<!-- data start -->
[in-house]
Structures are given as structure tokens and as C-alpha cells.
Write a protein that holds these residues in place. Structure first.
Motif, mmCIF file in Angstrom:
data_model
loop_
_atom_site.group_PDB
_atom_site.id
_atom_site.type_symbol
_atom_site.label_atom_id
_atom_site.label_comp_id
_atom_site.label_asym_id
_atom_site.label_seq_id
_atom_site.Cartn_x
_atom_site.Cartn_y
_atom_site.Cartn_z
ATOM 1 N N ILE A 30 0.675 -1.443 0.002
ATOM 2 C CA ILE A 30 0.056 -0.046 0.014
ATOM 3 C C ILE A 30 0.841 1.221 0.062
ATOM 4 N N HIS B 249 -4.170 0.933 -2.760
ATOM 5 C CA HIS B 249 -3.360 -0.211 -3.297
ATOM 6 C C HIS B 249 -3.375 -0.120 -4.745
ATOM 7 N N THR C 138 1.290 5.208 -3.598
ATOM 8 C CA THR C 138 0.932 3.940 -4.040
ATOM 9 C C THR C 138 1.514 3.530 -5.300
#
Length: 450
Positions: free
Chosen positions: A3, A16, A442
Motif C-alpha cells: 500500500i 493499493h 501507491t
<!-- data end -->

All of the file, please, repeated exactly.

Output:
[in-house]
Structures are given as structure tokens and as C-alpha cells.
Write a protein that holds these residues in place. Structure first.
Motif, mmCIF file in Angstrom:
data_model
loop_
_atom_site.group_PDB
_atom_site.id
_atom_site.type_symbol
_atom_site.label_atom_id
_atom_site.label_comp_id
_atom_site.label_asym_id
_atom_site.label_seq_id
_atom_site.Cartn_x
_atom_site.Cartn_y
_atom_site.Cartn_z
ATOM 1 N N ILE A 30 0.675 -1.443 0.002
ATOM 2 C CA ILE A 30 0.056 -0.046 0.014
ATOM 3 C C ILE A 30 0.841 1.221 0.062
ATOM 4 N N HIS B 249 -4.170 0.933 -2.760
ATOM 5 C CA HIS B 249 -3.360 -0.211 -3.297
ATOM 6 C C HIS B 249 -3.375 -0.120 -4.745
ATOM 7 N N THR C 138 1.290 5.208 -3.598
ATOM 8 C CA THR C 138 0.932 3.940 -4.040
ATOM 9 C C THR C 138 1.514 3.530 -5.300
#
Length: 450
Positions: free
Chosen positions: A3, A16, A442
Motif C-alpha cells: 500500500i 493499493h 501507491t